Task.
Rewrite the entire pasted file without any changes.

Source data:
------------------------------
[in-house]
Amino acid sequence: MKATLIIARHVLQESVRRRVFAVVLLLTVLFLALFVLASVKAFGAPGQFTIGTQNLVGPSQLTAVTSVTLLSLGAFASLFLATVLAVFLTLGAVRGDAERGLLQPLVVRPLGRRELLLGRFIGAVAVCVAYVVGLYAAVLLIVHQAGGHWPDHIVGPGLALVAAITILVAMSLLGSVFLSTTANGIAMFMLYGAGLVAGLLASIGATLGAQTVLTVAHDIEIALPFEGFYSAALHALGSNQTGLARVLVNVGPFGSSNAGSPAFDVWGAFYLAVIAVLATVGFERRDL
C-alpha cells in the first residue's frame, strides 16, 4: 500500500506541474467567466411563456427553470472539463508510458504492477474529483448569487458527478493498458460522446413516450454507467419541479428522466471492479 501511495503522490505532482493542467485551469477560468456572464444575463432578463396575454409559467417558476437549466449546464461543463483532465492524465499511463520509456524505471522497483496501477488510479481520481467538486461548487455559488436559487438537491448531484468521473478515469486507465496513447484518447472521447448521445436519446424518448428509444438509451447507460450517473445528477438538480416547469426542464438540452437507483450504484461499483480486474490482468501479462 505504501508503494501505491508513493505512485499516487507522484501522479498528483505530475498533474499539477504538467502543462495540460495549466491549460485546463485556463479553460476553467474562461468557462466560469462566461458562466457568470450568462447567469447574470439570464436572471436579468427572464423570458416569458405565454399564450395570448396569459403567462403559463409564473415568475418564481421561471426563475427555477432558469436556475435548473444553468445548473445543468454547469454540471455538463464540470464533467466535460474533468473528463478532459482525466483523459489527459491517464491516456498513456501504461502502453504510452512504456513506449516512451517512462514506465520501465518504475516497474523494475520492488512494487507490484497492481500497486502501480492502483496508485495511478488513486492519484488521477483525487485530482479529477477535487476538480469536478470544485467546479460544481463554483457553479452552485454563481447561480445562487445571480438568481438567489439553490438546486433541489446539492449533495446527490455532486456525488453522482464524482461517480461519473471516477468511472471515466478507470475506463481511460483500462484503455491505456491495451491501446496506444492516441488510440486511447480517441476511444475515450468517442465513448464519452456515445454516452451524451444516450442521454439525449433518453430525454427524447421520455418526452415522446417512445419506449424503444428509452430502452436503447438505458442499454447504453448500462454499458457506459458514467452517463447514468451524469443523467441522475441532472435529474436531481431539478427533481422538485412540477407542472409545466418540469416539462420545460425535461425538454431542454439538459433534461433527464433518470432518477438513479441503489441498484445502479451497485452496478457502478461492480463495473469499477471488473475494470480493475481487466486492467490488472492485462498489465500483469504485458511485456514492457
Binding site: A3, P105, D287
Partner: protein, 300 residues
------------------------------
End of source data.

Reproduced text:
[in-house]
Amino acid sequence: MKATLIIARHVLQESVRRRVFAVVLLLTVLFLALFVLASVKAFGAPGQFTIGTQNLVGPSQLTAVTSVTLLSLGAFASLFLATVLAVFLTLGAVRGDAERGLLQPLVVRPLGRRELLLGRFIGAVAVCVAYVVGLYAAVLLIVHQAGGHWPDHIVGPGLALVAAITILVAMSLLGSVFLSTTANGIAMFMLYGAGLVAGLLASIGATLGAQTVLTVAHDIEIALPFEGFYSAALHALGSNQTGLARVLVNVGPFGSSNAGSPAFDVWGAFYLAVIAVLATVGFERRDL
C-alpha cells in the first residue's frame, strides 16, 4: 500500500506541474467567466411563456427553470472539463508510458504492477474529483448569487458527478493498458460522446413516450454507467419541479428522466471492479 501511495503522490505532482493542467485551469477560468456572464444575463432578463396575454409559467417558476437549466449546464461543463483532465492524465499511463520509456524505471522497483496501477488510479481520481467538486461548487455559488436559487438537491448531484468521473478515469486507465496513447484518447472521447448521445436519446424518448428509444438509451447507460450517473445528477438538480416547469426542464438540452437507483450504484461499483480486474490482468501479462 505504501508503494501505491508513493505512485499516487507522484501522479498528483505530475498533474499539477504538467502543462495540460495549466491549460485546463485556463479553460476553467474562461468557462466560469462566461458562466457568470450568462447567469447574470439570464436572471436579468427572464423570458416569458405565454399564450395570448396569459403567462403559463409564473415568475418564481421561471426563475427555477432558469436556475435548473444553468445548473445543468454547469454540471455538463464540470464533467466535460474533468473528463478532459482525466483523459489527459491517464491516456498513456501504461502502453504510452512504456513506449516512451517512462514506465520501465518504475516497474523494475520492488512494487507490484497492481500497486502501480492502483496508485495511478488513486492519484488521477483525487485530482479529477477535487476538480469536478470544485467546479460544481463554483457553479452552485454563481447561480445562487445571480438568481438567489439553490438546486433541489446539492449533495446527490455532486456525488453522482464524482461517480461519473471516477468511472471515466478507470475506463481511460483500462484503455491505456491495451491501446496506444492516441488510440486511447480517441476511444475515450468517442465513448464519452456515445454516452451524451444516450442521454439525449433518453430525454427524447421520455418526452415522446417512445419506449424503444428509452430502452436503447438505458442499454447504453448500462454499458457506459458514467452517463447514468451524469443523467441522475441532472435529474436531481431539478427533481422538485412540477407542472409545466418540469416539462420545460425535461425538454431542454439538459433534461433527464433518470432518477438513479441503489441498484445502479451497485452496478457502478461492480463495473469499477471488473475494470480493475481487466486492467490488472492485462498489465500483469504485458511485456514492457
Binding site: A3, P105, D287
Partner: protein, 300 residues